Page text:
The phenomenon of hikikomori, a growing Japanese subculture of young men who withdraw--the word translates as "withdrawal"--to their rooms and cut themselves off from social contact with others, was explained in a 2006 New York Times article. "Some hikikomori do occasionally emerge from their rooms for meals [or] late night runs to convenience stores," Maggie Jones wrote. "Experts estimate that about 80% of the hikikomori are male… some live in their rooms for 15 years or more."
Jeff Backhaus's debut novel, Hikikomori and the Rental Sister, moves this phenomenon to New York City. Thomas Tessler has been in his room for three years, believing that he was responsible for his son's death and unable to forgive himself. His wife, Silke, comes and goes and, while she is cooking or cleaning, keeps up a running commentary with Thomas behind his closed door. She always leaves her bedroom door open and occasionally sits in front of Thomas's door and sobs uncontrollably. Thomas registers her moods, from friendly banter to screaming anger, and does not respond. He leaves his room in the middle of the night to get food and supplies, never speaking to Silke.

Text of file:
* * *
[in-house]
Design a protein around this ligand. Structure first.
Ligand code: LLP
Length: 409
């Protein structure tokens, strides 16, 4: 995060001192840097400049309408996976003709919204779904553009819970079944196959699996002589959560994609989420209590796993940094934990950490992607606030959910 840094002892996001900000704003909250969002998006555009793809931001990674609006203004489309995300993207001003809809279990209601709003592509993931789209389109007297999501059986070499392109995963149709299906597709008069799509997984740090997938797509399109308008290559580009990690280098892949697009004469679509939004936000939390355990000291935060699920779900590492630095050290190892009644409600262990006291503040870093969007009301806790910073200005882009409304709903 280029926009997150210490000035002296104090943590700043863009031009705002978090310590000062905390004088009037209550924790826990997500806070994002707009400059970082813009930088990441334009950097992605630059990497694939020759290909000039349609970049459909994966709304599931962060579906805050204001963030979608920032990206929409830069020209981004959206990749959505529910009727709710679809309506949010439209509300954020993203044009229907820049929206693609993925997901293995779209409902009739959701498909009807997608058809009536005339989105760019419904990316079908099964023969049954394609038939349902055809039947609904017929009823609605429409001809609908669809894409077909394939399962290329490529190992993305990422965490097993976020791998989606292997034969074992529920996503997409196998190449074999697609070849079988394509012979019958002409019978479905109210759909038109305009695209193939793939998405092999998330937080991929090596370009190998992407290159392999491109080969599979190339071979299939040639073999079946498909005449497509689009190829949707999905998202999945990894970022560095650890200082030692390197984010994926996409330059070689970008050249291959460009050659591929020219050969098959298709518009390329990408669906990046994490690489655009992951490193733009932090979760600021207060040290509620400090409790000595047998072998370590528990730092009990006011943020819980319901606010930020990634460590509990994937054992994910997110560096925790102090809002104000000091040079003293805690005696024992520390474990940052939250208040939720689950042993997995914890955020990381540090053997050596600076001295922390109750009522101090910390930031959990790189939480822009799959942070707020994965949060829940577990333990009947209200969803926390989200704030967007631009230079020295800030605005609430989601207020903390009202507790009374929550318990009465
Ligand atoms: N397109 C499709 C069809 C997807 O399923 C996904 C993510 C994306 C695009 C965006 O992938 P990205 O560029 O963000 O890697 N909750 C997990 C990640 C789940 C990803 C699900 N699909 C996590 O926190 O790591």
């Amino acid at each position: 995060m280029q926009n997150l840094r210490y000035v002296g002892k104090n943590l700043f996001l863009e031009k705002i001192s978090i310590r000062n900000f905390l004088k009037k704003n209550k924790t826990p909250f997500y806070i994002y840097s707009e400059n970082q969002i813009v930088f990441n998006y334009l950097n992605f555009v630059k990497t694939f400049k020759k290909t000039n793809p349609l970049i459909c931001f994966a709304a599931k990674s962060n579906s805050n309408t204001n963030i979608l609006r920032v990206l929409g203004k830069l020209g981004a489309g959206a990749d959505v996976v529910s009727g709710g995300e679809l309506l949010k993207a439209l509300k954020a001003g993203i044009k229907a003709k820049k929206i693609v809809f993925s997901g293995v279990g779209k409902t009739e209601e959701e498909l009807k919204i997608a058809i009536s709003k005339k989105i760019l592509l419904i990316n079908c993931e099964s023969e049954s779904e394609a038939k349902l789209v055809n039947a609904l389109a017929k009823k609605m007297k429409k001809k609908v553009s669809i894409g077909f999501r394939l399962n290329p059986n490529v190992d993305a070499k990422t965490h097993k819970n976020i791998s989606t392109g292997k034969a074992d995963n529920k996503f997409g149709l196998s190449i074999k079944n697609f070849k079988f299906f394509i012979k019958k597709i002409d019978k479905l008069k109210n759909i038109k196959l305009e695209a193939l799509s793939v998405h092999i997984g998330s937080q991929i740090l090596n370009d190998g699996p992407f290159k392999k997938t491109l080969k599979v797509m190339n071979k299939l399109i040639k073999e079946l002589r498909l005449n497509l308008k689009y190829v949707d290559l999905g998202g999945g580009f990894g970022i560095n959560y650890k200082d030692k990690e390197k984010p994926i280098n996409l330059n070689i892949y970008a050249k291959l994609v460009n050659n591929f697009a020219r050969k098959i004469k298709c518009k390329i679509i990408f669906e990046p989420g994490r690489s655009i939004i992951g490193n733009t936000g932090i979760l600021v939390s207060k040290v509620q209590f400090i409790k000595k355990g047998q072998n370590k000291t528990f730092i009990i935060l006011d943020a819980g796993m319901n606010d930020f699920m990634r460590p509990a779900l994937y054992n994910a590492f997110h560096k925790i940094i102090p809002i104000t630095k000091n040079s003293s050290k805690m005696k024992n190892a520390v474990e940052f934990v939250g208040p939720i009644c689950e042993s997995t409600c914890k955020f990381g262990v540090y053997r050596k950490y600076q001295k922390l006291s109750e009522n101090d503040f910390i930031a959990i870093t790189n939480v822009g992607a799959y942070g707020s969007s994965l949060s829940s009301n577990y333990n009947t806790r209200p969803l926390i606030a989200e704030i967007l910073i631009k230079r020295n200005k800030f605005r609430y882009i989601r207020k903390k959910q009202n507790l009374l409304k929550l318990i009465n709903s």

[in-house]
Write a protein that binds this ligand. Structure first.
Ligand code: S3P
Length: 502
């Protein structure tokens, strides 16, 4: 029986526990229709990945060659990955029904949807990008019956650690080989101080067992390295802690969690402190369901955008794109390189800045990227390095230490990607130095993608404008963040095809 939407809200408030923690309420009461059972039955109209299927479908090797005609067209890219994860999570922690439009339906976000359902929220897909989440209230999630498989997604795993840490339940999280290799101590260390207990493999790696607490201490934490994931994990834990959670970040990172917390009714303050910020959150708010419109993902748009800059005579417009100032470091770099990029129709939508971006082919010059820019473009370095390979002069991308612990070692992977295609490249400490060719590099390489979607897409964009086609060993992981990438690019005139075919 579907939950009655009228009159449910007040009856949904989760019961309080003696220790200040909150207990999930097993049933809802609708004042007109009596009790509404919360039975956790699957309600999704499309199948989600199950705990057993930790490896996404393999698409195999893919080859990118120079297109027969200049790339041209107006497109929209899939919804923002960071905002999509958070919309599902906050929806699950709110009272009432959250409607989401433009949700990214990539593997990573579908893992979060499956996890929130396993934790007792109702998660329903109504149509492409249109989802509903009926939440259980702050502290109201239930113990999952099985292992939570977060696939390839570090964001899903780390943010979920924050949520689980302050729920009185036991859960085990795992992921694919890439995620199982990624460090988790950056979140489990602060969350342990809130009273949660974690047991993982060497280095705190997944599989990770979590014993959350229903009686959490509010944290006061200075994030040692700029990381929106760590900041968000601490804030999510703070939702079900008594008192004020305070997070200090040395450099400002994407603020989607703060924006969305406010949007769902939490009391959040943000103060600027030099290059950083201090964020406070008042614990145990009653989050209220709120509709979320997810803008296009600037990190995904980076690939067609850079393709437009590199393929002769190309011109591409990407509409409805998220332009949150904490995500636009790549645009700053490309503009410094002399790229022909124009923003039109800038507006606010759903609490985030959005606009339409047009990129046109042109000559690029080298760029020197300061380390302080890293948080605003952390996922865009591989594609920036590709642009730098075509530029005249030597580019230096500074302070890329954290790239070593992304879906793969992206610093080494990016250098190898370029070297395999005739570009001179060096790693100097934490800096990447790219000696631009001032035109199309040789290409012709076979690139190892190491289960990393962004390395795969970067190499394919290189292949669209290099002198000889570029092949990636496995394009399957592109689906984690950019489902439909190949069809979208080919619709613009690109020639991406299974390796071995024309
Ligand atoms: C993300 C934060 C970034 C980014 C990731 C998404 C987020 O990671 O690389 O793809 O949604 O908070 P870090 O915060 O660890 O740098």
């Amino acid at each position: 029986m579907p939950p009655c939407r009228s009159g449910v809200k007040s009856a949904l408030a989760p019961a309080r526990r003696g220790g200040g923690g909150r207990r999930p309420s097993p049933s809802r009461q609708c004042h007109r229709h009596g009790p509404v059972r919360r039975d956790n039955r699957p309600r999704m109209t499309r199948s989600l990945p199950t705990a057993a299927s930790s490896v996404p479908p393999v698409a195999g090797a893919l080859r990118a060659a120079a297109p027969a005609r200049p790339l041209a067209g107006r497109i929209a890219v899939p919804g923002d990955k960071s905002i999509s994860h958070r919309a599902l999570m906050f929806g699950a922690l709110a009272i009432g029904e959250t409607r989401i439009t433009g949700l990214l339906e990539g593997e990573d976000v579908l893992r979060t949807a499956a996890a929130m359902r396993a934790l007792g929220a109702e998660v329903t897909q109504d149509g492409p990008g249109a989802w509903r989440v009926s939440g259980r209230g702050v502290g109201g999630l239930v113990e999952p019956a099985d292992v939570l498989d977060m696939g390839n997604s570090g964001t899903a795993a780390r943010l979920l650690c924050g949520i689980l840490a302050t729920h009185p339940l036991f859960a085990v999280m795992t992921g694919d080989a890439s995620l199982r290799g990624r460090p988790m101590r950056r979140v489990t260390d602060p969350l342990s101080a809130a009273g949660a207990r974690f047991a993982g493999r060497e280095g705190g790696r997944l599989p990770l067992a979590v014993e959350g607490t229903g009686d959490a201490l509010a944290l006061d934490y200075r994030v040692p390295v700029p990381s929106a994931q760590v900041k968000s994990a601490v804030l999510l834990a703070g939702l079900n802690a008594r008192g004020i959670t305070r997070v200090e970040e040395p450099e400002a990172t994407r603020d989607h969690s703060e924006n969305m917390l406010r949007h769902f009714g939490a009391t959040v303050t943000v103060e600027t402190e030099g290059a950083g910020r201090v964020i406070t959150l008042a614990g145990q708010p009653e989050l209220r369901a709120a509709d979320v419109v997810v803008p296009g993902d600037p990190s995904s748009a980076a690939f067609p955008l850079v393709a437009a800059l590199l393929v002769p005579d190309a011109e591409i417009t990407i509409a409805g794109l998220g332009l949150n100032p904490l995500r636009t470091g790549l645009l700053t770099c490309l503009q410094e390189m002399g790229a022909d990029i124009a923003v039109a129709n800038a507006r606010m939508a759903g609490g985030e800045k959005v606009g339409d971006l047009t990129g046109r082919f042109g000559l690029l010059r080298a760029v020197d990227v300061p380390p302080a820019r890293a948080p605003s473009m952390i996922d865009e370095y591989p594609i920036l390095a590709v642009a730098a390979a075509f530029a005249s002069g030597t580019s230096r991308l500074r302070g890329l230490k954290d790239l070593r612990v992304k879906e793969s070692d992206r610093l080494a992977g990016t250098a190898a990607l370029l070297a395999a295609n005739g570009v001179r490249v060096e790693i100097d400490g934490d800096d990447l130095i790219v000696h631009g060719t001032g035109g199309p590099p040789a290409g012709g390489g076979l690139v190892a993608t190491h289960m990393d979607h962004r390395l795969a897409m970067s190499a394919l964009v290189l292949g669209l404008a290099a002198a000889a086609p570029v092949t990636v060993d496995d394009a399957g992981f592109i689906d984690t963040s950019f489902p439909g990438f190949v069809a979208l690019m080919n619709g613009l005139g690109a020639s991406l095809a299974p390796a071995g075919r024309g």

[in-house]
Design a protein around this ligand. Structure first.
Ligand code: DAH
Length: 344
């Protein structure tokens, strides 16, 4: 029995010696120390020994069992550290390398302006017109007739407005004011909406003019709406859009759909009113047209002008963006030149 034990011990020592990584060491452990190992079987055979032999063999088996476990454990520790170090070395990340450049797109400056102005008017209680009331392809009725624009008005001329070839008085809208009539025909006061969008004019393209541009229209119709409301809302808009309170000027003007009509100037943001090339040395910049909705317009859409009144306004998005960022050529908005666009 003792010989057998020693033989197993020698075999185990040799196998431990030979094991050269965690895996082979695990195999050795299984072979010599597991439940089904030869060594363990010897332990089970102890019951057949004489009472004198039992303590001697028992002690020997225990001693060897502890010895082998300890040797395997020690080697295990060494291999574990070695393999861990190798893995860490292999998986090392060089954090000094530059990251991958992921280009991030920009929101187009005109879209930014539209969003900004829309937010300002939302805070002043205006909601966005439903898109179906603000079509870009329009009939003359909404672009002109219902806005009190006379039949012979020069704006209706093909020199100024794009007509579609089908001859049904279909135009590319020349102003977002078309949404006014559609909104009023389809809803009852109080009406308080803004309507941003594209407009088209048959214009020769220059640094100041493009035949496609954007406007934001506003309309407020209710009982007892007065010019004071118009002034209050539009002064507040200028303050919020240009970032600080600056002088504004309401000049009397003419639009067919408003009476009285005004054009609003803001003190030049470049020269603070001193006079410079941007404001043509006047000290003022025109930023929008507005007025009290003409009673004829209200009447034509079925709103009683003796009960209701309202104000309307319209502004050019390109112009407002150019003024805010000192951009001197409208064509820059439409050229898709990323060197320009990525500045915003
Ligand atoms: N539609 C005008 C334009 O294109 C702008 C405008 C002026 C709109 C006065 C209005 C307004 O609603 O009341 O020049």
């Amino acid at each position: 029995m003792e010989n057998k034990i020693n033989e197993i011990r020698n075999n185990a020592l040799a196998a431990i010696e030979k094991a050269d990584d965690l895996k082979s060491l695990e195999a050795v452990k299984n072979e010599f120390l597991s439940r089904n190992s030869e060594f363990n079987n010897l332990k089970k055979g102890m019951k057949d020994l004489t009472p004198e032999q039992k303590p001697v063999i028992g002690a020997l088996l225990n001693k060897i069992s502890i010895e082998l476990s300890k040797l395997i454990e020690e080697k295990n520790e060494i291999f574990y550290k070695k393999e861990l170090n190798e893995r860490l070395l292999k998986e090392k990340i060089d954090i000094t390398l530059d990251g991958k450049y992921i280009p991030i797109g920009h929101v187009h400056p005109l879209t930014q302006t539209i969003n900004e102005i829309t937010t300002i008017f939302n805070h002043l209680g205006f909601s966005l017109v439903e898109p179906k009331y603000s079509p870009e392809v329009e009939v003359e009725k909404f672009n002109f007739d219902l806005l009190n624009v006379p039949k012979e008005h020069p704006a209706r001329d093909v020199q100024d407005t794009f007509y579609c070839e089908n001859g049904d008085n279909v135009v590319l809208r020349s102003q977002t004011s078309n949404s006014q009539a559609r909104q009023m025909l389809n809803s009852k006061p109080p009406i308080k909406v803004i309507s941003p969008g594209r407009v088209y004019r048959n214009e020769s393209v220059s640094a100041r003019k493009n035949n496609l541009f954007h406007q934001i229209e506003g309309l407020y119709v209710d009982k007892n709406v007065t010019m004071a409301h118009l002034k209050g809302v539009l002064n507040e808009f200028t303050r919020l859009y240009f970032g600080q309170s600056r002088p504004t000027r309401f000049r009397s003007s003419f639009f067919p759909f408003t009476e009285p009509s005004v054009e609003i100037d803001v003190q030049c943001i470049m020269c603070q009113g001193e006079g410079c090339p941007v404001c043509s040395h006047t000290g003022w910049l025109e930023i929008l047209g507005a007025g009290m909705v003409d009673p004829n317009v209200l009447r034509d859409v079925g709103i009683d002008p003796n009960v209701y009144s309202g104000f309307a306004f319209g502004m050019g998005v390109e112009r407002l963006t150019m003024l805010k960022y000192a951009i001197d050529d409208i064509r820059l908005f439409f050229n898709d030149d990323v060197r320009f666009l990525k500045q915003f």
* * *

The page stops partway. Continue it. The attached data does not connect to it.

Finally, in desperation, Silke seeks out a young Japanese immigrant named Megumi to act as as a "rental sister," giving her a key to the apartment and permission to do whatever it takes to lure Thomas out of hiding. Inevitably, after several rebuffs, Thomas lets Megumi into his room and they form an easy intimacy. They have no history, so there is nothing to remember or forgive. He tells her of his failure of instinct, not pushing his son out of the path of a car and she responds matter-of-factly: "You didn't kill him. If you did, you'd be in jail."
Megumi has run away from her own tragedy. Her brother was a hikikomori; he killed himself after realizing he would never fit into Japanese society because he had a Korean mother.
Silke realizes that Thomas and Megumi have a relationship that does not include her. One night, she makes a dramatic move that changes the equation forever, as the trio's roles and feelings become clearly defined. Before any final decisions are made, though, Backhaus presents a lovely set piece with Thomas and Megumi at an onsen--a Japanese hot spring--where in salt and steam and tears all things are cleansed. --Valerie Ryan
Shelf Talker: A young man who has secluded himself from his wife and his life for three years is lured back to the world by a rental sister with her own tragic story.